50 Shades of Comms
Flack's colleagues on the newsdesk enjoy getting their loyal readers excited over our scoops - but it's less common for them to be titillated, that Flack is aware of anyhow. That changed this week with Wednesday's story 'Hack turned council PR man pens racy novel - about hack turned council PR man' - although one Twitter user has cast doubt on the realist credentials of the work by Graham Cole, the comms manager at Gravesham Borough Council:
It turns out Cole's The Last Punter is not the only novel featuring PR protagonists. Daniel Tyte, an executive director at Working Word, has since drawn Flack's attention to Half Plus Seven, about Bill who "lived in a messy rented room, sold his soul daily in a PR agency and couldn't remember the name of the last woman he screwed".
That work (front cover pictured right) came out last April after around six years in gestation, Tyte told Flack - and he now has until the end of the year to finish 'Alone, Together', which while sadly not set in PR-land is described by Tyte as "a tale of lost love and lost Wi-Fi signal".
It's not unusual...
Flack was treated to an evening's schmoozing at the PRCA headquarters this week to celebrate a year since it moved into the new office. Everyone's favourite free encyclopedia tells Flack that paper is the fitting gift for a first anniversary, but Flack's failure to turn up with any celebratory A4 didn't dampen the mood. Those who stayed later were treated to PRCA chief Francis Ingham's karaoke tune of choice - the Tom Jones classic 'Delilah'.
Answers on the back of a postcard, or perhaps Twitter, if you've any ideas for appropriate karaoke tracks for PRs - we'll start with 'Release me' (think about it...) as made famous by Engelbert Humperdinck.
Finally, just for the avoidance of any doubt we should make clear that PRCA comms man Matt Cartmell is normal-sized. This picture from the event may not give that impression, thanks to the oversized glass he is using. We should also probably make clear that most of the PRCA's wine glasses are a more conventional size, alas.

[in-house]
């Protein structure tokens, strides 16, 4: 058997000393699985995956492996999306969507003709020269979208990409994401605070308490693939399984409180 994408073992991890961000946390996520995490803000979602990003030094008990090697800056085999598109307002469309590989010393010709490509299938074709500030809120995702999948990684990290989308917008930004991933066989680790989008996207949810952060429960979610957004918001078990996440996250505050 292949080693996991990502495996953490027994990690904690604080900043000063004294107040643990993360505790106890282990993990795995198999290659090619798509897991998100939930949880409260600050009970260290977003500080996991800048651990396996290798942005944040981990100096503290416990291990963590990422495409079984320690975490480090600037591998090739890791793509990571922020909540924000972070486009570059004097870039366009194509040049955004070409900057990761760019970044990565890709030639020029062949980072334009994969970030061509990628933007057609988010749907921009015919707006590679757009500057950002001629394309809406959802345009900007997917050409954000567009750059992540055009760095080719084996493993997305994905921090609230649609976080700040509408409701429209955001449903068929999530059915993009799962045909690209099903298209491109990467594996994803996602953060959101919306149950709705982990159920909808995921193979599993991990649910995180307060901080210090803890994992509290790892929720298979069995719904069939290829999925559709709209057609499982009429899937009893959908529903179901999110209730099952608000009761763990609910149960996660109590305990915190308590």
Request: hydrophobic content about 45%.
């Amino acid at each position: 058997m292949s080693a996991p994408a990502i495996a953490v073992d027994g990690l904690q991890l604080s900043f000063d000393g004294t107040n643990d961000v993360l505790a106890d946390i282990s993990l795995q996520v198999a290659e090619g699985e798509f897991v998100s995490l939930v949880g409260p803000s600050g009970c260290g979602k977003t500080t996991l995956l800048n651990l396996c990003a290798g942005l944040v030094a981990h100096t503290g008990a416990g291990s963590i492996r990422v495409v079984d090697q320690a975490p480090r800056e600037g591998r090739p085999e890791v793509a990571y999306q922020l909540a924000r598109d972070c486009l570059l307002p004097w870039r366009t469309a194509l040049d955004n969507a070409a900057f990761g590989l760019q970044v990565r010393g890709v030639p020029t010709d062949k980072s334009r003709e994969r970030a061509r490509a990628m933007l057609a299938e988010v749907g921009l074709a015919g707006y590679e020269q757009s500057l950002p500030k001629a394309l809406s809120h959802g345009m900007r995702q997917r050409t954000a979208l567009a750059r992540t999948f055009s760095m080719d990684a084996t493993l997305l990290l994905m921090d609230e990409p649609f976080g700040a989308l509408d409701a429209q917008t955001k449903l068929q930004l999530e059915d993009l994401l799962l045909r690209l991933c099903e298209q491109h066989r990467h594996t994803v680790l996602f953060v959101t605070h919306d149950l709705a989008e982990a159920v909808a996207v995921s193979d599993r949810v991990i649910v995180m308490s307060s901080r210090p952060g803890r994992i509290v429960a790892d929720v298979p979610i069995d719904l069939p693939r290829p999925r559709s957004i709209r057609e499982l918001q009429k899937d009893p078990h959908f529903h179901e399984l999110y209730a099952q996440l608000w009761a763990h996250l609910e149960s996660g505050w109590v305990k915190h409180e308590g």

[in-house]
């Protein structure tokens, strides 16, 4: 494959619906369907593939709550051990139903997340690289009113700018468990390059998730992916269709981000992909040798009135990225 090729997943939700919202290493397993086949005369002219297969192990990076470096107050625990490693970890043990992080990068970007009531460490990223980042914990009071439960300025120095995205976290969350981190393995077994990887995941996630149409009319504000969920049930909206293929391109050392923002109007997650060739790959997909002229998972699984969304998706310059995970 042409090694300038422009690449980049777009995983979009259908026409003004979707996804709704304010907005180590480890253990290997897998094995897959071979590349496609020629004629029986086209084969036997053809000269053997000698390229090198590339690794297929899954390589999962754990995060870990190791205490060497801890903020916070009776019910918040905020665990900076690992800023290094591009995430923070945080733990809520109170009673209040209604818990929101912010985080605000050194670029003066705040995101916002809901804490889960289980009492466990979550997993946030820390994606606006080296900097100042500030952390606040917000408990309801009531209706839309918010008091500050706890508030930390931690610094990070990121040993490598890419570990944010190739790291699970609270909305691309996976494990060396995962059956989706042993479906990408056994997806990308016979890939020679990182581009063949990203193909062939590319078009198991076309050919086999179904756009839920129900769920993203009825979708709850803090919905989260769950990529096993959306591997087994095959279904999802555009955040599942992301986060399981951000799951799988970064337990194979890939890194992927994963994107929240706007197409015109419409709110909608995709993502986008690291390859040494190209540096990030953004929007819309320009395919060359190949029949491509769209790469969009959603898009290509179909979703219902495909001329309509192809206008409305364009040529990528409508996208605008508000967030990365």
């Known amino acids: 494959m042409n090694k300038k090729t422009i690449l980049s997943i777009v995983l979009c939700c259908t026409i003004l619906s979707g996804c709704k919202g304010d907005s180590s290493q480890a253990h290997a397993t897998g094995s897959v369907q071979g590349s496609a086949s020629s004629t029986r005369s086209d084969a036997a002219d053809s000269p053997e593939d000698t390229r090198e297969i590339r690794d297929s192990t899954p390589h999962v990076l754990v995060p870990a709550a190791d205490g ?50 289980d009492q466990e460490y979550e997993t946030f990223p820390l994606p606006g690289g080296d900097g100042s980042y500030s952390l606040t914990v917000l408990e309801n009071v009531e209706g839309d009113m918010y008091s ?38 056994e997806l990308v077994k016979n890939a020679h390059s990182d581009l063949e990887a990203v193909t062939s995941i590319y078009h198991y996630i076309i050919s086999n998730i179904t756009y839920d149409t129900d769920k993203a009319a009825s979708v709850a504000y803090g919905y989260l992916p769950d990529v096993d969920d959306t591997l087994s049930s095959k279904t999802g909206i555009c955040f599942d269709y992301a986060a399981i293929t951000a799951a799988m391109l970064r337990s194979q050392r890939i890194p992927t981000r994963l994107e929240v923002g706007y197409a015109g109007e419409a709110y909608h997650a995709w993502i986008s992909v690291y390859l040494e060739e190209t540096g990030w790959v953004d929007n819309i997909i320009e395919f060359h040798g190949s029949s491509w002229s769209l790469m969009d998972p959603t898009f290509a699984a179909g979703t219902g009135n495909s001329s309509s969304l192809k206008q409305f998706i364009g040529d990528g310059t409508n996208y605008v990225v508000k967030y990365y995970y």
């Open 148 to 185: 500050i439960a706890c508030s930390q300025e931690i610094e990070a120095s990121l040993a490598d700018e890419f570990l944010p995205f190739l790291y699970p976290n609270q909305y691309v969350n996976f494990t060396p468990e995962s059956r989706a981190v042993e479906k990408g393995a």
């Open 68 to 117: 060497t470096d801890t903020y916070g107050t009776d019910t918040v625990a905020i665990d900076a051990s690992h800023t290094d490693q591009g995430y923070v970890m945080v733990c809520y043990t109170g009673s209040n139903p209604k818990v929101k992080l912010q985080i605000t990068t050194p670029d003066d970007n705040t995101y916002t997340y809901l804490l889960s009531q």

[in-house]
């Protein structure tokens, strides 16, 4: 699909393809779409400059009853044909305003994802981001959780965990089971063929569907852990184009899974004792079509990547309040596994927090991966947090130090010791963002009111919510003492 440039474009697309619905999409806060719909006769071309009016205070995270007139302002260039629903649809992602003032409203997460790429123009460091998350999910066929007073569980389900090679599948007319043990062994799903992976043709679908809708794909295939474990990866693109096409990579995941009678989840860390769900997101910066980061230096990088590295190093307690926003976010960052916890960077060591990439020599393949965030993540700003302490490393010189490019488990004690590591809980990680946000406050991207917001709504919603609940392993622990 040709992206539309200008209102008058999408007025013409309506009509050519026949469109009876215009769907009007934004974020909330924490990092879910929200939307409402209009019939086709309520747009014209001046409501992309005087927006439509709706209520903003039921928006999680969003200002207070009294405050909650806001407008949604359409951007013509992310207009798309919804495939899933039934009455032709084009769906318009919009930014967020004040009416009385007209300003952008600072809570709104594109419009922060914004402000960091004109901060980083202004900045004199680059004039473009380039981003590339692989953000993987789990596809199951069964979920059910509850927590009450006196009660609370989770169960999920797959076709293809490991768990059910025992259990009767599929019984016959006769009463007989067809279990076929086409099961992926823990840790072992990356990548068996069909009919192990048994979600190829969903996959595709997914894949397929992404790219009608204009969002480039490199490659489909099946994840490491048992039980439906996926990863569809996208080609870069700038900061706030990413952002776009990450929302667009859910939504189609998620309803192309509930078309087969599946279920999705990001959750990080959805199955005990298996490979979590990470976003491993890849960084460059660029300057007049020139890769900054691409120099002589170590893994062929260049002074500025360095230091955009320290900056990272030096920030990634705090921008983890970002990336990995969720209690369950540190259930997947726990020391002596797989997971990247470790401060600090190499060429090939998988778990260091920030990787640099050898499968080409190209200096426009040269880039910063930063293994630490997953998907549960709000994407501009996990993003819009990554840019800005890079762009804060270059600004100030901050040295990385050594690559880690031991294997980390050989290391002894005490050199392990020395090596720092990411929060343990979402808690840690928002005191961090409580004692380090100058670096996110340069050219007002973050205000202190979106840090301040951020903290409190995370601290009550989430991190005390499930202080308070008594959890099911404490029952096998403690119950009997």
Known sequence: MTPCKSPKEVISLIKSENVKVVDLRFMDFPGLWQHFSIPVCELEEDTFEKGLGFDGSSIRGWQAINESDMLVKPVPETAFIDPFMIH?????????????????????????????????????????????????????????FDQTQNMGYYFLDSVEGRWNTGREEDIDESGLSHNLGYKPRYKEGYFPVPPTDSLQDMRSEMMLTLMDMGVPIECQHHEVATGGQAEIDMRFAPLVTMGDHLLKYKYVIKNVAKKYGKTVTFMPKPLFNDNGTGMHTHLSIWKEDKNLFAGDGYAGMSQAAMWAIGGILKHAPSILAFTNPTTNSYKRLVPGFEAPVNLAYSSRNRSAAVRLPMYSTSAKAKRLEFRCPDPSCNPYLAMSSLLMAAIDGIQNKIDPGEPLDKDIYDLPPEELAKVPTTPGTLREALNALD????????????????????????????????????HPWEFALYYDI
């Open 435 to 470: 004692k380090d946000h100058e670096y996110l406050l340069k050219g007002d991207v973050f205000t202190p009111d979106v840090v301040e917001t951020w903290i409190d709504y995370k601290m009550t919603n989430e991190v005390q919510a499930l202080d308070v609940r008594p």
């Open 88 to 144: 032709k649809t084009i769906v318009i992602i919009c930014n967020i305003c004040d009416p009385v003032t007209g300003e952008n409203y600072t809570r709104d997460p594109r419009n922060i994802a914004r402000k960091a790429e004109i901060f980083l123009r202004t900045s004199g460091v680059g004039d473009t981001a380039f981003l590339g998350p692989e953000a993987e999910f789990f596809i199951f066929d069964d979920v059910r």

Flack received a press release from NGO Lumos this week about a piece of work it had done with Harry Potter author JK Rowling, which had a rather curt ending. "Notes to Editors: JK Rowling is not available for interview," it concluded. Fortunately, Flack isn't an editor, but rejoices in the official title of 'senior vice-president, Flack Solutions' - so we assume this doesn't apply, and look forward to a good chinwag this afternoon.
Hamming it up
Flack enjoyed this cute PR stunt: for the launch of computer game Paradise Bay from Candy Crush maker King Digital Entertainment, a Guinness World Record was set for the world’s largest hammock, measuring 65ft x 31ft. That's more than ten times the size of a regular hammock, apparently, and enough to host 170 averaged-sized people lying head to head, 24 New York taxis or, um, "1,000 bass-sized fish", we're told. PR agency TVC and Ketchum US, were behind the launch at New York’s Liberty State Park, which featured Hollywood actress Malin Åkerman of Watchmen, 27 Dresses and The Proposal.
Say cheese, Jose!
Thanks to the folks at the agency Kindred for pointing this one out: Chelsea FC launched their partnership with IT firm Wipro yesterday, leading of course to the obligatory cheesy photoshoot to give the football club's Twitter page a chance to say how "delighted" they were to have teamed up. Except Chelsea's charismatic coach Jose Mourinho looked anything but...
Cheryl keeps her sparkle
Harnessing the power of celebrity is important for any brand, so Flack was interested to see which star judges from The X Factor have been the subject of most conversation on social media during the live shows on Saturday and Sunday. There was a clear winner, as ex-Girls Aloud singer Cheryl Fernandez-Versini romped home with 22.5k mentions, according to stats from Brandwatch. Next was Simon Cowell (17.5k), with Rita Ora and Nick Grimshaw collecting only around 7,500 each. Cheryl is rapidly cementing her place as the nation’s sweetheart, earlier this week receiving praise for her impassioned rant against body-shaming, going as far as to say it should be made illegal.